The court decided in favor of hiQ, allowing the company to scrape LinkedIn’s public, non-password protected data. In this article we won’t dig deeply into the ruling – you can view the full text here. It’s sufficient to note that although scraping in many cases breaks ToS of the scraped website, it’s not necessarily the violation of the Computer Fraud and Abuse Act.
2. Web Scraping and DMCA
Copyright claims are often brought by data hosts against scrapers. In the United States, copyrighted work is protected by the Digital Millennium Copyright Act (DMCA).
Nonetheless, it’s widely known that facts alone can’t be copyrighted, so DMCA and similar legislation won’t protect data hosts against scrapers unless they have full control over the copyright of the stored content. The point is that the transfer of copyright ownership generally requires a written agreement signed by the copyright owner. On the other hand, however, it’s true that “the creative selection, coordination and arrangement of information and materials forming a database or compilation may be protected by copyright.” – cendi.gov. However, this protection doesn’t extend to the facts stored in the database. Put simply, copyright is meant to protect originality and creativity, not facts.
Let’s take a Google results page as an example. Its design and layout may be regarded as creative work and hence can be copyrighted. At the same time, facts contained in a results page, including headlines and snippets, are not owned by Google; in fact, they are being pulled from other people’s websites without transferring copyright ownership.
3. Web Scraping and ToS
Nowadays almost every well-established website has a Terms of Service (ToS) page, which – in most cases – prohibits scraping, and crawling their content. Google isn’t an exception, with its ToS explicitly prohibiting “the sending of automated queries of any sort to our system without express permission in advance from Google.”
While the need to comply with the Terms of Service is widely perceived as a must, a lid on scraping appears to be an exception. There are hundreds and thousands of companies making use of scraping, including search engines, news aggregators, SEO software companies, etc. So, does it mean that all these companies are doing it illegally? And if so, are they getting sued over it?
Well, this is a rather grey area. On the one hand, by violating website’s ToS scrapers may also break the CFAA, which – as we already explained in the previous paragraphs – can result in criminal charges against scrapers. On the other hand, there have been cases in which a court dismissed CFAA violation claims and ruled that people are authorized to access publicly available information (even if they might be scraping it).
For example, in the Craiglist v. 3taps litigation, the court held 3taps liable under the CFAA, but also acknowledged that scrapers are authorized to access publicly available data for as long as their access isn’t restricted by companies that host the data. Such restrictions can include different measures, such as cease-and-decease letters, IP blocking, captchas, etc. However, all three are seldom considered as legitimate access restrictions that implicate CFAA violations.
- Cease-and-decease letters are often cited as use restrictions, as opposed to access restrictions.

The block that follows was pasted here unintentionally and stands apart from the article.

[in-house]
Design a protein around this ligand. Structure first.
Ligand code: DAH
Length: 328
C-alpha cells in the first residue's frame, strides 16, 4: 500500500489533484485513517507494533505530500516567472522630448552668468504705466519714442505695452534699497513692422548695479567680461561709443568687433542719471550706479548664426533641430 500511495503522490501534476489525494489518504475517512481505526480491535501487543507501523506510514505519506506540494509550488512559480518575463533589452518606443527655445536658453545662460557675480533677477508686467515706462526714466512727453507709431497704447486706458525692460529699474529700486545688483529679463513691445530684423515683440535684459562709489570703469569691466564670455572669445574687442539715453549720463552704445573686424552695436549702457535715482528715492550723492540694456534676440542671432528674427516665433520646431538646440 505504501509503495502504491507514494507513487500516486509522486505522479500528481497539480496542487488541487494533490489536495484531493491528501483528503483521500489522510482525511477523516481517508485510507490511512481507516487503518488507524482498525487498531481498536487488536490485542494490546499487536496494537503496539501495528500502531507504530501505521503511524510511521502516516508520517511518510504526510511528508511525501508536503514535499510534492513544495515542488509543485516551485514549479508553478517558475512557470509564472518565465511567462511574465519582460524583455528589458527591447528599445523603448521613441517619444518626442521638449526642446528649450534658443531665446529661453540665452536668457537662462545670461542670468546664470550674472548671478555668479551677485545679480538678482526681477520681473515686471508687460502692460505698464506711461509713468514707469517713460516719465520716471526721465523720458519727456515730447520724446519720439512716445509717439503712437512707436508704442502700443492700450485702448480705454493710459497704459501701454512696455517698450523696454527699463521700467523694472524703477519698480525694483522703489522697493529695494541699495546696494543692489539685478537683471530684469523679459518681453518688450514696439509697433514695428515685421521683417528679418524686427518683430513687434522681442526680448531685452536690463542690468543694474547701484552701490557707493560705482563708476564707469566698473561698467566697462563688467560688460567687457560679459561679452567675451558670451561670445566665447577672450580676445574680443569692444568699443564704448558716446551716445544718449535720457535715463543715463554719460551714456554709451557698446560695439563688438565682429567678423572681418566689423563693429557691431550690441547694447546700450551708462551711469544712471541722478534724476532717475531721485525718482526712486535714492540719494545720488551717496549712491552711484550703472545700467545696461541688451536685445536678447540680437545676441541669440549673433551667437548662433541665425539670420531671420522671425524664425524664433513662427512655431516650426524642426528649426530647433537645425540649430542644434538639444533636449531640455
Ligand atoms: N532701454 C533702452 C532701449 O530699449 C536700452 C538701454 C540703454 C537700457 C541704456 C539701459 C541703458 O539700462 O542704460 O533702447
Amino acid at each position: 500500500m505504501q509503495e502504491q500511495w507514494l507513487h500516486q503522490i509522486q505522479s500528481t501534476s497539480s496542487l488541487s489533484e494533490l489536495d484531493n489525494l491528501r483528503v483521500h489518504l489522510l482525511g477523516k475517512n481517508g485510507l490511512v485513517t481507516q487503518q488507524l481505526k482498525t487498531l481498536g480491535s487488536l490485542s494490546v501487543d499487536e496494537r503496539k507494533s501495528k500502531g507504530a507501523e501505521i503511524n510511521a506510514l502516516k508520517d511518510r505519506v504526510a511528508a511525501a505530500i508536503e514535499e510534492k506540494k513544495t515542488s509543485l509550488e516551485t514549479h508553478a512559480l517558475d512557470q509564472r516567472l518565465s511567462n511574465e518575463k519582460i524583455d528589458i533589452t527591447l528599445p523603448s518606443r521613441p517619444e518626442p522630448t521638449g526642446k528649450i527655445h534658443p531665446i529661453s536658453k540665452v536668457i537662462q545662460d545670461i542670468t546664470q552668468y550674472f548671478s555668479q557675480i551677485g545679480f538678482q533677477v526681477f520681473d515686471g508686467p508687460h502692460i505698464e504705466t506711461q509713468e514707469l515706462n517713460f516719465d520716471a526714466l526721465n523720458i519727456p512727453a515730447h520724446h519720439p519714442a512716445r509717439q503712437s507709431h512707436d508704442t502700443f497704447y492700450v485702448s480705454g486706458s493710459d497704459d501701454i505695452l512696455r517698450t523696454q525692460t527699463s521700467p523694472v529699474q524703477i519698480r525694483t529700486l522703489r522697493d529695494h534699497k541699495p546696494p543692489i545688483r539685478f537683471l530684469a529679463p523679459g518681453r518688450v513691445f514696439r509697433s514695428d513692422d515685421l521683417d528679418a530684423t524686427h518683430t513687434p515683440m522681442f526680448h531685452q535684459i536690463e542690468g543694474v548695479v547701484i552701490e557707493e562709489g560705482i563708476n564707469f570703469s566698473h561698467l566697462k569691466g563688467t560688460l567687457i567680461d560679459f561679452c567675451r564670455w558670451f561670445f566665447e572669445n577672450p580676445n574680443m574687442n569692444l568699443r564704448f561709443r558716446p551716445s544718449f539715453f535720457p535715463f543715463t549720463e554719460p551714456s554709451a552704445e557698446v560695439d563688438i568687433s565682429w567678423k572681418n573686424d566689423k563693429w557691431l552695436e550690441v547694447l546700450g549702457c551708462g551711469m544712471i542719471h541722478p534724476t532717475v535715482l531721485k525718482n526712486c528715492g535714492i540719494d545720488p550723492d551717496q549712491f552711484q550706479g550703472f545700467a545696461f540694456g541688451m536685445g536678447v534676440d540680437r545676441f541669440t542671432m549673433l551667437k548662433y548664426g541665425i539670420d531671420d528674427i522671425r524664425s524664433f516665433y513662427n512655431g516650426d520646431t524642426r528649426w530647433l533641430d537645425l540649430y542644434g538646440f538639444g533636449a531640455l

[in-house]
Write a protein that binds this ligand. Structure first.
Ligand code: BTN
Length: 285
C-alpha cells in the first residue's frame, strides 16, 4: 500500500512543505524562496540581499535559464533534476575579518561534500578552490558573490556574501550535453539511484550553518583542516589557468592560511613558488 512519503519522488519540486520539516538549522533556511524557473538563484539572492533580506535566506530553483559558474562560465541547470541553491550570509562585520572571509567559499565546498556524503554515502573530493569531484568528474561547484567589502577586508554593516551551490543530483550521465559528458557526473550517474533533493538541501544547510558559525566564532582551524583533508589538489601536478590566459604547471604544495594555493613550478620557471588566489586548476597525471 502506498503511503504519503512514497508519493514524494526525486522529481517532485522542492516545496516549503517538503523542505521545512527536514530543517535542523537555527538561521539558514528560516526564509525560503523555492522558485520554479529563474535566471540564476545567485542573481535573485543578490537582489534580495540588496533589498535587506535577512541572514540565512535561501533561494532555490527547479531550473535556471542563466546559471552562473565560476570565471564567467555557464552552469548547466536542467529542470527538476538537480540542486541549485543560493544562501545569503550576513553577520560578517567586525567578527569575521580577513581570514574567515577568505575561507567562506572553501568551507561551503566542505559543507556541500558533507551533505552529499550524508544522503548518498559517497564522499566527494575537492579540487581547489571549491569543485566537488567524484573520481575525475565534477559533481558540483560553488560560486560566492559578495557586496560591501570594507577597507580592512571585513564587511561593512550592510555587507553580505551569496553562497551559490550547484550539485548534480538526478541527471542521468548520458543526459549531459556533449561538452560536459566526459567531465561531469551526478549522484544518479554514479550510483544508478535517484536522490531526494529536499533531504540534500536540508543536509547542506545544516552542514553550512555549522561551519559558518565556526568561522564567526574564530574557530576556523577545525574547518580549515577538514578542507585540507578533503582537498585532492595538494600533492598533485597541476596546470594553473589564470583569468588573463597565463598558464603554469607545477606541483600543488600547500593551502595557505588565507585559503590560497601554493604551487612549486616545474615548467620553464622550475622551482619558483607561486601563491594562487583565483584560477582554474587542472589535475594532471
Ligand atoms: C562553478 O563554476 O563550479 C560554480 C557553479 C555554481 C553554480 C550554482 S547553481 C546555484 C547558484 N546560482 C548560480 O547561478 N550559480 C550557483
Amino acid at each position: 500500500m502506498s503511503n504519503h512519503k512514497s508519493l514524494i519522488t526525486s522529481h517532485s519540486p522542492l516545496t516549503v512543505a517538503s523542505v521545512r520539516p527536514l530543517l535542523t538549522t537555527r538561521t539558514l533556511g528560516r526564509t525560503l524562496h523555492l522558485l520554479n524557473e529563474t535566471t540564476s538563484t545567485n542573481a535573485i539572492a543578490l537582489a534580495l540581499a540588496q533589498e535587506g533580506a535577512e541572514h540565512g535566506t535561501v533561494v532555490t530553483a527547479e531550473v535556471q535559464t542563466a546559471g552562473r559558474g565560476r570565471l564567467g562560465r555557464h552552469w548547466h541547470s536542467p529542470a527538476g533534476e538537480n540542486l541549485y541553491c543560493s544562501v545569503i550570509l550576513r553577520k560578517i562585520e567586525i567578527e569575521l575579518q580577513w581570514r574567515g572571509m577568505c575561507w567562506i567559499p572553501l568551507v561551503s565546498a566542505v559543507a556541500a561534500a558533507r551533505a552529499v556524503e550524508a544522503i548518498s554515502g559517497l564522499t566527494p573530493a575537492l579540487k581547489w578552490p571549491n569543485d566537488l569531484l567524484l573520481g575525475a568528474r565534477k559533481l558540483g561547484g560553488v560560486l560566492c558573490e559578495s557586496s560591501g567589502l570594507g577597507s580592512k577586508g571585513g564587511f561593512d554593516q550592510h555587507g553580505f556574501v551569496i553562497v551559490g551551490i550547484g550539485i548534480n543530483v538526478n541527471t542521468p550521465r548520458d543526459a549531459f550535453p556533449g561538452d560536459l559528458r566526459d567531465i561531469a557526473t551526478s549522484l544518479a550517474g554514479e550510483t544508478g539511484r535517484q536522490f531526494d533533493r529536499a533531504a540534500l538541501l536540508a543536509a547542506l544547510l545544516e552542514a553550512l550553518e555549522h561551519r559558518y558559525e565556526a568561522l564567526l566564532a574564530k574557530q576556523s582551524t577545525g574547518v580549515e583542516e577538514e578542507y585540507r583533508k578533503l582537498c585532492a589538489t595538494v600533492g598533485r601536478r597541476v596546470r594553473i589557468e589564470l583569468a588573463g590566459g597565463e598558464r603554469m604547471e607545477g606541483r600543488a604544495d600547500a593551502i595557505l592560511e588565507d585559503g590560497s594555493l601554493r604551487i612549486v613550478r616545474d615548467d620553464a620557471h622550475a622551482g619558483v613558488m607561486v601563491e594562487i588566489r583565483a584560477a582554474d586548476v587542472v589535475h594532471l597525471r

- IP blocking might be a good way to block a scraper from accessing data, but masking your IP address isn’t a crime. So, it’s only logical that switching IPs when scraping websites isn’t hacking and therefore can’t be deemed a CFAA violation.
- Captchas are not the same as passwords, so bypassing them isn’t a CFAA violation as well.
The LinkedIn v. hiQ case outcomes prove that the mere violation of websites ToS might be a breach of contract, but doesn’t constitute a crime. What’s more, if we take a look at Google’s attitude towards violations of its Terms of Service, we can clearly see that the search engine has never taken any legal actions against scrapers.
Nevertheless, there are other measures Google can resort to, including revoking access to its APIs.
- In 2012 the team of Google Adwords warned Raven Tools about the possibility of revoking the SEO software’s AdWords API token if they don’t comply with Google’s anti-scraping policy. Raven Tools eventually was forced to remove its SERP Reporting feature, which was using data scraped from Google’s results pages to provide a ranking and keyword data to its customers.
- By the same token – and also in 2012 – the team of Moz lost access to Adwords API. The company eventually came up with a workaround, substituting clickstream data for that of AdWords’.
At the same time, however, what started as Google’s crackdown on SEO software developers’ access to AdWords API ended up being an inconsistent series of ToS enforcement. What’s more, to date, the search engine continues to avoid the full-scale enforcement of its anti-scraping policies.
The bottom line
Although scraping is legal by itself, it’s possible for data hosts to mount legal defenses against scrapers, including CFAA and DMCA violation claims.
On the other hand, the outcomes of recent lawsuits filed against scrapers prove that there are a lot of grey areas in current legislation on this matter, and courts may stand in favor of open access to publicly available information (see Sanding v. Sessions ruling). And even though data hosts may prevail against scrapers in courts, it’s often against their interest to sue. For example, if it weren’t for crawling public websites and scraping data from them, Google probably wouldn’t even exist.
After all, we don’t violate CFAA or DMCA when scraping publicly available information from Google SERPs. You can rest assured: using DataForSEO services is legal, it’s not the violation of the law. By the same token, you can’t break Google ToS by simply getting data through our APIs.
Disclaimer: This article does not constitute legal advice. You should seek the counsel of an attorney on your specific matter to comply with the laws in your jurisdiction.